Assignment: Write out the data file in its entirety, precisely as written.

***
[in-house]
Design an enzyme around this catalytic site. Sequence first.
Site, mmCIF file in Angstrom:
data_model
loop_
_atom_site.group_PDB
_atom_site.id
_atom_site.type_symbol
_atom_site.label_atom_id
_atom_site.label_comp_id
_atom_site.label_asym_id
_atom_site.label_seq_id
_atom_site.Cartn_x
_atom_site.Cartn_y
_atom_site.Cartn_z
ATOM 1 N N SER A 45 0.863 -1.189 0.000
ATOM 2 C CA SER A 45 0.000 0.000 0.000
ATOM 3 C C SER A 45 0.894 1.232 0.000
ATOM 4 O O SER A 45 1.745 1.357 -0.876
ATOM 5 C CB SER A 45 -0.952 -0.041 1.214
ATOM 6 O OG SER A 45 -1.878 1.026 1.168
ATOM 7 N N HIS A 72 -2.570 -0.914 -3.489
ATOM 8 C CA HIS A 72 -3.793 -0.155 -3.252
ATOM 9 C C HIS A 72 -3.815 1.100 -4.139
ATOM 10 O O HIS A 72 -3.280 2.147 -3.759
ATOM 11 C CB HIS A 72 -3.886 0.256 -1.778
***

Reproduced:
[in-house]
Design an enzyme around this catalytic site. Sequence first.
Site, mmCIF file in Angstrom:
data_model
loop_
_atom_site.group_PDB
_atom_site.id
_atom_site.type_symbol
_atom_site.label_atom_id
_atom_site.label_comp_id
_atom_site.label_asym_id
_atom_site.label_seq_id
_atom_site.Cartn_x
_atom_site.Cartn_y
_atom_site.Cartn_z
ATOM 1 N N SER A 45 0.863 -1.189 0.000
ATOM 2 C CA SER A 45 0.000 0.000 0.000
ATOM 3 C C SER A 45 0.894 1.232 0.000
ATOM 4 O O SER A 45 1.745 1.357 -0.876
ATOM 5 C CB SER A 45 -0.952 -0.041 1.214
ATOM 6 O OG SER A 45 -1.878 1.026 1.168
ATOM 7 N N HIS A 72 -2.570 -0.914 -3.489
ATOM 8 C CA HIS A 72 -3.793 -0.155 -3.252
ATOM 9 C C HIS A 72 -3.815 1.100 -4.139
ATOM 10 O O HIS A 72 -3.280 2.147 -3.759
ATOM 11 C CB HIS A 72 -3.886 0.256 -1.778